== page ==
Nineteenth Century Forum pres.
Characterization and Combination
Lecture by Andrea Henderson, Professor of English at UC Irvine
embodiment of a conception of personhood as mobile, extrinsically defined, and combinatory. Characters in these novels are not the fundamental units of social meaning that earlier nineteenth-century novelistic protocols would lead us to expect but are instead like atoms in a compound or letters in a word; they form variable combinations with others, and it’s the combinations that matter. Henderson will show that this focus on clusters of people rather than singular individuals has its historical grounding in the logic of late Victorian capitalism, an abstract logic of ramifying networks in which meaning and value inhere less in particular people or things than in their links to other people and things. As we will see, that logic is epitomized in combinatorics, the study of network ramification. Henderson argues that combinatorics is in fact the mathematical subfield of late Victorian capitalism: it both reflects and reinforces a logic of abstraction, combination, and expansion. It is fitting then that Dickens implements this logic in the “character system” of Our Mutual Friend, his great novel on finance capitalism. This novel, as the title suggests, is devoted to understanding persons in terms of networks, which it represents as the ethically suspect framework of finance capitalism.
Professor Henderson's research centers in nineteenth-century British culture. She is particularly interested in exploring formal similarities between literary arts, visual arts, and sciences. Her most recent book, Algebraic Art: Mathematical Formalism and Victorian Culture (Oxford: Oxford University Press, 2018), traces the influence of mathematical formalism on Victorian literature and visual art. Other recent articles include “The Physics and Poetry of Analogy” (Victorian Studies 56:3, Spring 2014) and “Symbolic Logic and the Logic of Symbolism” (Critical Inquiry 41:1, Autumn 2014).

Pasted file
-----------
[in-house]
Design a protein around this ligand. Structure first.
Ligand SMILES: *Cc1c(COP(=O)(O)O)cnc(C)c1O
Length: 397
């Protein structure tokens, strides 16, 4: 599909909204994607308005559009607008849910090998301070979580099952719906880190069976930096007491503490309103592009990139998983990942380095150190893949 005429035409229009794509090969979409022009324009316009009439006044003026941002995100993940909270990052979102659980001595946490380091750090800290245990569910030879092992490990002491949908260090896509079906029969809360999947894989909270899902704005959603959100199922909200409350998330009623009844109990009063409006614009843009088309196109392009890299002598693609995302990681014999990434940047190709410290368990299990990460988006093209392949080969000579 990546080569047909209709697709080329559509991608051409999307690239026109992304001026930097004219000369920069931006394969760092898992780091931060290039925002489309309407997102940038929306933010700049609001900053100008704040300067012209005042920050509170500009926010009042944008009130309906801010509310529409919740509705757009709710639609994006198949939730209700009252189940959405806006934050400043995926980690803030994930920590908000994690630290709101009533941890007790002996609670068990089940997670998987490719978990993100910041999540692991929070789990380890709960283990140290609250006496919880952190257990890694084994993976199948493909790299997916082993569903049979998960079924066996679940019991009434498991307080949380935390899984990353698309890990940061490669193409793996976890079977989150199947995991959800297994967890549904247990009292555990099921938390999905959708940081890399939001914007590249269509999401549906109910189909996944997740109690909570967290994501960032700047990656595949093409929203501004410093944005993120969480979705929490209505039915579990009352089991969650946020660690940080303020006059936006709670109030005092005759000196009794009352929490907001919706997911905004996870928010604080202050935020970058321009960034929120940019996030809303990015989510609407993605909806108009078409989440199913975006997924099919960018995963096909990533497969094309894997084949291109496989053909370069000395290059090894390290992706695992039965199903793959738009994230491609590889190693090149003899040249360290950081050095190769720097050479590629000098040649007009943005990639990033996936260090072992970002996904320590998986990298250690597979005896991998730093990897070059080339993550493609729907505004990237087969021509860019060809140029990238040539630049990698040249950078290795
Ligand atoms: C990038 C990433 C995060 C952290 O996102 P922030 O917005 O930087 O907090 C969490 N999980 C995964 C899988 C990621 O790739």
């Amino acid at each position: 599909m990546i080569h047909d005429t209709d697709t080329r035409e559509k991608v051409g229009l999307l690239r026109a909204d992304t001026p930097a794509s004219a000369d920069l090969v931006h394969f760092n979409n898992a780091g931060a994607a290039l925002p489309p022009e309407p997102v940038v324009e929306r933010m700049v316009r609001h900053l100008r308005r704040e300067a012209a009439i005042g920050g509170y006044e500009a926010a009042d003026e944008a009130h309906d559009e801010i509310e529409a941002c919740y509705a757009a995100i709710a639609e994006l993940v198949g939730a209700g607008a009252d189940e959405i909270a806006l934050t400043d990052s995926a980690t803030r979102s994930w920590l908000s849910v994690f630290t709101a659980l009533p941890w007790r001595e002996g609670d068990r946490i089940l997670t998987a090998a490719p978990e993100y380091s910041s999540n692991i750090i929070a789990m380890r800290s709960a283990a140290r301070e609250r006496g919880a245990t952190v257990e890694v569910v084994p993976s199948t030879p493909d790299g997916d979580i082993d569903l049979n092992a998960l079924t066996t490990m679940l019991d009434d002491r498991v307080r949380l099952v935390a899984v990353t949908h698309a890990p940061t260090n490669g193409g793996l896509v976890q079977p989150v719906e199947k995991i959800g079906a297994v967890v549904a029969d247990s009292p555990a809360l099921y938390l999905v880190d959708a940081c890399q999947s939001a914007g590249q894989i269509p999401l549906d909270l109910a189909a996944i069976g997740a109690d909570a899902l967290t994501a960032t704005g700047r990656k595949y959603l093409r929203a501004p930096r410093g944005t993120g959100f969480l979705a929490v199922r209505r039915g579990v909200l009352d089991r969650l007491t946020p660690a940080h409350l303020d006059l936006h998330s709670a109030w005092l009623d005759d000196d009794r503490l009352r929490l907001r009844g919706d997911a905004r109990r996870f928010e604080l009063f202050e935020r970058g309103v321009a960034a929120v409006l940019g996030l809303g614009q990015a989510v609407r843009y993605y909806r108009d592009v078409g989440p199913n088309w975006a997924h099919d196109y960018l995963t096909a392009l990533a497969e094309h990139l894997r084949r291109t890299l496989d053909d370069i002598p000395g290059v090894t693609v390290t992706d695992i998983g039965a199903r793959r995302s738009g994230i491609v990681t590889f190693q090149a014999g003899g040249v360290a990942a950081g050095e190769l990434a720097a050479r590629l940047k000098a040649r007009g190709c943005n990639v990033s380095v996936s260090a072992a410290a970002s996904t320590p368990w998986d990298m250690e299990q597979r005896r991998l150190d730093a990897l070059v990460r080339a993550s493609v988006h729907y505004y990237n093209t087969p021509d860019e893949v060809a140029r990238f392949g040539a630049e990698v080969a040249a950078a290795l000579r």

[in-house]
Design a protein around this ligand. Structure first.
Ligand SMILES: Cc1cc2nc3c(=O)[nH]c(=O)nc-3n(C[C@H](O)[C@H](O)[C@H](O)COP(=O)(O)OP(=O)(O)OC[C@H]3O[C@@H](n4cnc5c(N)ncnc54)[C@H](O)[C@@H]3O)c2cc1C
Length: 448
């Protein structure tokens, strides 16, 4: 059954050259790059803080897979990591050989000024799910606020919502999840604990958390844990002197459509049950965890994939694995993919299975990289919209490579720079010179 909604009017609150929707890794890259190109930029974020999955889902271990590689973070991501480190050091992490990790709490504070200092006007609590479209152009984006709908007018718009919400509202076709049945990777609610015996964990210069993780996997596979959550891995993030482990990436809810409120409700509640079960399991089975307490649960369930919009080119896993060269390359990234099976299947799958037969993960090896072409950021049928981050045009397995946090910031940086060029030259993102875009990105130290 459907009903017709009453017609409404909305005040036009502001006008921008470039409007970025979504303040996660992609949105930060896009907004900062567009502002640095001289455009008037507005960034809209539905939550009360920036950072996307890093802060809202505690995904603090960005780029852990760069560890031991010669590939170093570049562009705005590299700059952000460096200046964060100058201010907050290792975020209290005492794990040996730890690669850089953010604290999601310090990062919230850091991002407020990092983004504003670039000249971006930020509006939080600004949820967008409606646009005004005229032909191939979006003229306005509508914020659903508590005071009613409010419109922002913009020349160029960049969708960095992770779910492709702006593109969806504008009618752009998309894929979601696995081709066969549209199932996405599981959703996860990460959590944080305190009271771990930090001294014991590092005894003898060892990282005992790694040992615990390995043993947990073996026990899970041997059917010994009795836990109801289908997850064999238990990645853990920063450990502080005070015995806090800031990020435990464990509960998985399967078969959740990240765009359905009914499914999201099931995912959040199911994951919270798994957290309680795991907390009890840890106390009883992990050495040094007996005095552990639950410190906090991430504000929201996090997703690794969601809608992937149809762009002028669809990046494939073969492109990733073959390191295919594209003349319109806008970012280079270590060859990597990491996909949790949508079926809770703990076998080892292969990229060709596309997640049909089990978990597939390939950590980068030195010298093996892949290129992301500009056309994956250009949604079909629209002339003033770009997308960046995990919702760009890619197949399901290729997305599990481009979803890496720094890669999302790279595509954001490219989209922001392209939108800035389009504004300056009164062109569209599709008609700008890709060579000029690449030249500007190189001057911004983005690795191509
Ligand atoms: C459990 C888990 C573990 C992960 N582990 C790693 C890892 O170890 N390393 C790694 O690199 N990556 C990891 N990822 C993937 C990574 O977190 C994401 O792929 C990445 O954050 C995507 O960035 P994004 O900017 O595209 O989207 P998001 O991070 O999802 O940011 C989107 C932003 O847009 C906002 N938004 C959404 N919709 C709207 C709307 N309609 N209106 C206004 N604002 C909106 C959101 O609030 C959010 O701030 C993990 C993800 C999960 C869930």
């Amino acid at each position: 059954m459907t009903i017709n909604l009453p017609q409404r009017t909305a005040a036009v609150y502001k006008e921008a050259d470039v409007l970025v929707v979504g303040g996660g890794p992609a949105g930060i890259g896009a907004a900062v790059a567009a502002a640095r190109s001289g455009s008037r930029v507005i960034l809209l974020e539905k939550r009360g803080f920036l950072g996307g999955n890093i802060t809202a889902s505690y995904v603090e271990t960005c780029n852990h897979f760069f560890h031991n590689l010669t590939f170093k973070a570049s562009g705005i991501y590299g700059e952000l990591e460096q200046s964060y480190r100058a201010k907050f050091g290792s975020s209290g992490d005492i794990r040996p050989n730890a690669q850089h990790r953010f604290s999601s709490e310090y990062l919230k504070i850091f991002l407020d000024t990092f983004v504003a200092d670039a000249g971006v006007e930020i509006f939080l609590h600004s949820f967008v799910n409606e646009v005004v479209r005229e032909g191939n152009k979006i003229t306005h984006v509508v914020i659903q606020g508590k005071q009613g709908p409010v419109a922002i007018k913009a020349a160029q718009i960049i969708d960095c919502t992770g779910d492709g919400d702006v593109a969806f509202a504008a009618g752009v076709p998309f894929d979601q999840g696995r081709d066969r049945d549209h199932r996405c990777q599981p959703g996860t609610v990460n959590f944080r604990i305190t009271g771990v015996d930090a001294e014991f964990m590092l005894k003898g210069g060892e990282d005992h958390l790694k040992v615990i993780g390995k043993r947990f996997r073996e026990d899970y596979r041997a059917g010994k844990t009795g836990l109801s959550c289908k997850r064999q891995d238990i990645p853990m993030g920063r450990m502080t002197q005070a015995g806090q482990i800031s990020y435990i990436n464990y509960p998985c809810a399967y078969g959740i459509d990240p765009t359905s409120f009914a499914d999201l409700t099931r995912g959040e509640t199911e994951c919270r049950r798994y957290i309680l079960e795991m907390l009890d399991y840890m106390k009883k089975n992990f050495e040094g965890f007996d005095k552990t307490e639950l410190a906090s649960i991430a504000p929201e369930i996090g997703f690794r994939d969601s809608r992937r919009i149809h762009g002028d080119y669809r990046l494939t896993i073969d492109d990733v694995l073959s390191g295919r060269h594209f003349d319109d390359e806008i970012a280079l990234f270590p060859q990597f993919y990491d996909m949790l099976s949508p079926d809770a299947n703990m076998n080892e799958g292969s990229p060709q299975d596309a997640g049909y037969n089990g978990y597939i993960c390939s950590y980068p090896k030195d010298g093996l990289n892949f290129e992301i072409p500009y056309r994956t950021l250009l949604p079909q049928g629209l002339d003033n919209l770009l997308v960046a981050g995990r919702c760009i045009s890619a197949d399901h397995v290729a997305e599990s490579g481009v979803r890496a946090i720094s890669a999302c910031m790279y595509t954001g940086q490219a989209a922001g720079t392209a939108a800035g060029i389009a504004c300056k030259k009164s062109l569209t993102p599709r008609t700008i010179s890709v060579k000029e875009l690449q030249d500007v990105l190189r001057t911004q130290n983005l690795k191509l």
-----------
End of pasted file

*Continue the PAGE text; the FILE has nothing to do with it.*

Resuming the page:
Professor Henderson received her PhD in English from the University of Pennsylvania in 1991. She was an Associate Professor of English at the University of Michigan from 1997-2003. Her academic distinctions include the following: Guggenheim Fellow (2012-13), ACLS Fellow (2012-13), Michigan Humanities Award (1999), Bredvold Prize (1996), and Michigan Society of Fellows (1991-1994).
Co-sponsorship for this event is generously provided by the Michigan Society of Fellows, the Department of Comparative Literature, and the Institute for the Humanities.
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